• What makes the fund unique. It’s run by one of the leading activist investors at a firm with $16 billion under management that’s famous for, among other thing, forcing its way onto the board of Microsoft, proving mega-caps were not off limits. “It takes a profit maximizer to know a profit maximizer,” Mr. Ubben said. Bringing an activist mindset to an environmental and social investment mandate has appeal, and Mr. Ubben has raised $1 billion in capital so far.

Here are some key insights from Mr. Ubben:

  • Larry Fink’s letter ups the ante substantially. BlackRock Chairman and CEO Larry Fink’s latest annual letter to CEOs ups the ante on sustainability, calling for “a fundamental reshaping of finance.”
  • Building on multi-stakeholder and corporate purpose mandates. Climate risk as investment risk and putting sustainability at the center of investment mandates may be the most powerful driver of the multi-stakeholder, corporate purpose mandate that Mr. Fink helped usher into modern thinking in his earlier letter.
  • Sustainability is a way to get the long term back. The constituency to support sustainability includes at least two-thirds of CEOs who see it as a way to win back a long-term view from shareholders—give me more than a quarter to reallocate capital to save the world before showing returns on that investment. There are probably one-third of those that are really driven to save the world.
  • Profit maximization over decades. To make the case for profit-driven investment in sustainability, investors need to understand that the time frames must extend 30 to 40 years. Decisions made based on current values, versus terminal values, will lead to investments that will destroy capital over the next generation. They are not conducive to long-term profits.
  • Change the investor base. Thus, companies that want to embrace sustainability and long-term profitability in their corporate purpose need to move toward investors who share that purpose.
  •  This is the window to move. Not only is more research convincing more people to believe in climate risk and the need for action, but the cost of capital in the current lower-for-longer interest rate environment is conducive to making new investments and reallocating capital. As Mr. Ubben notes, we have moved from the traditional situation of being short financing to being short human, social and environmental capital.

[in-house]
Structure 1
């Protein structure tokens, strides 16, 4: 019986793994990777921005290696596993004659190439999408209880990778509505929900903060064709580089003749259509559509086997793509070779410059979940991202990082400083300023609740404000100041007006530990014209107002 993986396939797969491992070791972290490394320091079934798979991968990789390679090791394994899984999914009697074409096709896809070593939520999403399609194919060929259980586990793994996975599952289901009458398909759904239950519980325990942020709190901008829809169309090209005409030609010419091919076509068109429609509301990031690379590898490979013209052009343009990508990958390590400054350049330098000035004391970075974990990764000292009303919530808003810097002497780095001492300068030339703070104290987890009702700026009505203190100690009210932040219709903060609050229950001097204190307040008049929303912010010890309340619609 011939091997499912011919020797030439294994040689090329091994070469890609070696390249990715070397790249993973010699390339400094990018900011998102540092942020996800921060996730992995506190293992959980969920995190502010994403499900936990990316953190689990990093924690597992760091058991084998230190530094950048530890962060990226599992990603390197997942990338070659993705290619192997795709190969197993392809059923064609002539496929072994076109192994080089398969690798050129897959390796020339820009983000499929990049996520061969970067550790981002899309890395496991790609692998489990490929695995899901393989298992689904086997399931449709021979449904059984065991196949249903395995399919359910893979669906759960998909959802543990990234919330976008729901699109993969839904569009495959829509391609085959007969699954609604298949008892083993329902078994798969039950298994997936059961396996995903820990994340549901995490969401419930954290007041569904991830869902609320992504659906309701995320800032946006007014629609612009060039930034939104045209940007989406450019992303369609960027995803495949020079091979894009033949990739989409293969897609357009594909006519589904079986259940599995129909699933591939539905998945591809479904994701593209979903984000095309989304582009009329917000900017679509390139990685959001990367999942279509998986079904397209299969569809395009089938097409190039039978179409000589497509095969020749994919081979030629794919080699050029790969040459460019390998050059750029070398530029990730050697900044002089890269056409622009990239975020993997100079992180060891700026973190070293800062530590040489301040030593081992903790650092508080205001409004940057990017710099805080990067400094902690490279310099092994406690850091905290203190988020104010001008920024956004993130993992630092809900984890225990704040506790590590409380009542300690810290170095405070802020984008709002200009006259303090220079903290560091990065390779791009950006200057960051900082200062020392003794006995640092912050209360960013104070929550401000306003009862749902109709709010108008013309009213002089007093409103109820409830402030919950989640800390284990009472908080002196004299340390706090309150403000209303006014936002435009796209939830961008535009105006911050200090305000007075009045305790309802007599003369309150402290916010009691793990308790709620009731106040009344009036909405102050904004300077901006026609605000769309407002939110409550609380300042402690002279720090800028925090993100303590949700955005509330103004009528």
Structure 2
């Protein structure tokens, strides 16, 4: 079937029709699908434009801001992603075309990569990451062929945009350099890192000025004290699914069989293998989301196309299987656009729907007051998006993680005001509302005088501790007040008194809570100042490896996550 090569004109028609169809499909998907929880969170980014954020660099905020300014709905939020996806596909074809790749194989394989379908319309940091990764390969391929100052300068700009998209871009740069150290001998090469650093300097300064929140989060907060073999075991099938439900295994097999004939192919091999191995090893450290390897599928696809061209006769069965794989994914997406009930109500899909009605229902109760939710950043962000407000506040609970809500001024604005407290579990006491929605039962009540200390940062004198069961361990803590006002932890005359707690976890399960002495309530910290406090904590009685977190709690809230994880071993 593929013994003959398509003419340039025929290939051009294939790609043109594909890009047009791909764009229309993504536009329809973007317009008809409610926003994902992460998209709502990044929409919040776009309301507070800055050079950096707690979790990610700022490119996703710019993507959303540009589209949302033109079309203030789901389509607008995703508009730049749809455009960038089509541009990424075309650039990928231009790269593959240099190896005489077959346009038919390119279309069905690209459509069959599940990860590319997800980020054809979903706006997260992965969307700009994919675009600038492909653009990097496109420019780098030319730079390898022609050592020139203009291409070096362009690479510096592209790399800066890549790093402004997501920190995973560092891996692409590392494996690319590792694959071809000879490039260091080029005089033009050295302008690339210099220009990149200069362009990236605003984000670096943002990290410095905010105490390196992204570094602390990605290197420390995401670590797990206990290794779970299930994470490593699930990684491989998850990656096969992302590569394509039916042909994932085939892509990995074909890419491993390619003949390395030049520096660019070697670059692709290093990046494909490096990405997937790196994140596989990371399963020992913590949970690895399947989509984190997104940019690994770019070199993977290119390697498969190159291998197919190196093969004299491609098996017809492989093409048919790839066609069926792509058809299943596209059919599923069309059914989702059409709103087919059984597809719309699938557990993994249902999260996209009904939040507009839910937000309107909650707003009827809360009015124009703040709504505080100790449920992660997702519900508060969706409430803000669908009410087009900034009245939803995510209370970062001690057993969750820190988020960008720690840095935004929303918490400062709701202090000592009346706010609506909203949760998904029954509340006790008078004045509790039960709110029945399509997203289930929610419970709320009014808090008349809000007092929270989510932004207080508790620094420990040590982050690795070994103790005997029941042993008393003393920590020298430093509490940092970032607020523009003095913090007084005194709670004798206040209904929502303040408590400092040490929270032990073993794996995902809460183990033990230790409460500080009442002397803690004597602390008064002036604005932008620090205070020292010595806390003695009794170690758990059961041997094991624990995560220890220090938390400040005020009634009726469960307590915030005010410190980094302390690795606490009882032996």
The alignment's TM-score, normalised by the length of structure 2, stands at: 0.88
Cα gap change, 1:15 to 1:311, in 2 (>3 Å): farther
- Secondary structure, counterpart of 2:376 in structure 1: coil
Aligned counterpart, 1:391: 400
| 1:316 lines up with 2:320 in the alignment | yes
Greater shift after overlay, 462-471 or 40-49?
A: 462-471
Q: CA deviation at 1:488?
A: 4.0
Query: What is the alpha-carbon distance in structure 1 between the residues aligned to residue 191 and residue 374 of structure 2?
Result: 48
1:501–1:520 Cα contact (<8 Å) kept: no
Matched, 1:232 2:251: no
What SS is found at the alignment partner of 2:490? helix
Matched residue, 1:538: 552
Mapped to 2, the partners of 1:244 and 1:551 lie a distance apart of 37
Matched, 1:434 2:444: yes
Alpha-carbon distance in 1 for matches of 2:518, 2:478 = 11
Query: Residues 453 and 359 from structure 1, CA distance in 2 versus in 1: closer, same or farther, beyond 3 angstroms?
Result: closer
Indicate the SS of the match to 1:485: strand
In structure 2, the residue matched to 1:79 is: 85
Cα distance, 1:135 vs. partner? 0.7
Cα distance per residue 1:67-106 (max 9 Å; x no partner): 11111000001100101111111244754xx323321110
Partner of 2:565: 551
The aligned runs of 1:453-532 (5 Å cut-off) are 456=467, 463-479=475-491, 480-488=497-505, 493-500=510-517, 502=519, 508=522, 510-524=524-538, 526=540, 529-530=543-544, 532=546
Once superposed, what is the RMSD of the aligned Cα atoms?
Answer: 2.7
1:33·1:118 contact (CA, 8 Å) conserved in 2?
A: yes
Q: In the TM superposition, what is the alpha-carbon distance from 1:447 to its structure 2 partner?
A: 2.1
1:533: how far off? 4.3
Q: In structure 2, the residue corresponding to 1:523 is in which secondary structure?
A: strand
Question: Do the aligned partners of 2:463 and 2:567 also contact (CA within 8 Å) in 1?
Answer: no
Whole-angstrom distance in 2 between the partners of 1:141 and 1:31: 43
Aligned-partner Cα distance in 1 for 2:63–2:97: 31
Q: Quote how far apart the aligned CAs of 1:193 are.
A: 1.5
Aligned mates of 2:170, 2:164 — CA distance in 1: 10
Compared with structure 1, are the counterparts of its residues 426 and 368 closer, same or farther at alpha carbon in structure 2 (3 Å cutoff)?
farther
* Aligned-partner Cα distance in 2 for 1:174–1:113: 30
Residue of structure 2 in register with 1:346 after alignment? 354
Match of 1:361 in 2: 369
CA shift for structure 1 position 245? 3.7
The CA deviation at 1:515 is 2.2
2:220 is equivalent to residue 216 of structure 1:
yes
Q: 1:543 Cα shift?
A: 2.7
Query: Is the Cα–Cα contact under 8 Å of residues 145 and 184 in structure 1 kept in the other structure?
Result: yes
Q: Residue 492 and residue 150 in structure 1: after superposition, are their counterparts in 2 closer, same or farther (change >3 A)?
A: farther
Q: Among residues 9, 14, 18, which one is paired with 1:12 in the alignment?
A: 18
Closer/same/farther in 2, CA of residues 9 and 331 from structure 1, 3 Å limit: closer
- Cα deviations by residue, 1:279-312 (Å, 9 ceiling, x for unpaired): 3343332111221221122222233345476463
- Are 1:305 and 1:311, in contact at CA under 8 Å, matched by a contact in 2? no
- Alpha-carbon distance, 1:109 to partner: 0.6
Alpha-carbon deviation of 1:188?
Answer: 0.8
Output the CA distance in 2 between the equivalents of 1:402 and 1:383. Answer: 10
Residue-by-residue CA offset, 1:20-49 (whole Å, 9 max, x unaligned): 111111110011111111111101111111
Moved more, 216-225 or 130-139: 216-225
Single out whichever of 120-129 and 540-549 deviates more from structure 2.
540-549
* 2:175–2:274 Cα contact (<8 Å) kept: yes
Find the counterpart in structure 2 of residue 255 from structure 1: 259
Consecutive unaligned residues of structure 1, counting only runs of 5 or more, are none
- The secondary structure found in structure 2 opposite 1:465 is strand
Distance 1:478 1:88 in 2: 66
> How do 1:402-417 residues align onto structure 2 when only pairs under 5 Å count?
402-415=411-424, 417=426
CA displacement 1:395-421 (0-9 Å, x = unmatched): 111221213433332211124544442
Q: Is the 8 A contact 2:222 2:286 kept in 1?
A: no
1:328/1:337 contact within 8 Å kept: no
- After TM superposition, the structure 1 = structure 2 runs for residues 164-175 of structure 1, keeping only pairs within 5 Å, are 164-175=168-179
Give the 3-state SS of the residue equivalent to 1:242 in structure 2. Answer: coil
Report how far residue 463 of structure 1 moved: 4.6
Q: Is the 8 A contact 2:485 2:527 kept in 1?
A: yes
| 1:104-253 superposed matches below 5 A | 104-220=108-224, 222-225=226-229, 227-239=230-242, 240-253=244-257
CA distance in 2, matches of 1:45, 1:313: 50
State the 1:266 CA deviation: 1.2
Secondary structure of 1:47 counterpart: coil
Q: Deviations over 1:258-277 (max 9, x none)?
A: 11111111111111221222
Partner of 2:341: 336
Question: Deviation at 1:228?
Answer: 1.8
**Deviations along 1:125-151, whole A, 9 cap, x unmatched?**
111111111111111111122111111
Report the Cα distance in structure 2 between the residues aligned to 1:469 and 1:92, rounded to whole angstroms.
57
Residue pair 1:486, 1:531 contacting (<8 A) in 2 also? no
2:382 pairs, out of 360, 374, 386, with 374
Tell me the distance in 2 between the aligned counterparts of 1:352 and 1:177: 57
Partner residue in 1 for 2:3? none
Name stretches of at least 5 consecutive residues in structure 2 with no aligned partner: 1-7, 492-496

• The effort is capital intensive. Ultimately, the transition to sustainability will be capital intensive. Such a capital-intensive effort will require the capital structures of existing large companies. For this reason, Mr. Ubben is not a fan of villanization.
  • Big Oil capital budgets needed.  One of his investments is in Nikola Motor, for example, which is developing hydrogen fuel cells for long-haul trucking.  To move to this future, there needs to be substantial capital invested in refueling platforms and distribution. “We will need the capital budgets of a Shell or a BP to do this over the next 30 to 40 years,” he said.
  • Shifting value propositions. While shifting to long-term value propositions is one necessity for the fundamental reshaping of capitalist economies, another is a change in perception of value and unit economics. As an example, Mr. Ubben said that if biodiesel becomes mainstream, it would make sense for McDonald’s to pay customers to order french fries to generate more used frying oil to convert into fuel.
  • Utilities need pristine governance.  The grid is the most important asset in the energy economy, including a clean energy one. So it’s imperative that utilities embrace a multi-stakeholder model and adopt the best possible governance. If customers have no choice but to be utility customers, then the economy must rely on regulators and government to sustain their ESG viability. This drives Mr. Ubben’s activist investment in Hawaiian Electric Industries and his calls for a management shake-up. He favors performance-based ratemaking for utilities, encouraging them to become asset light and deploy micro grids.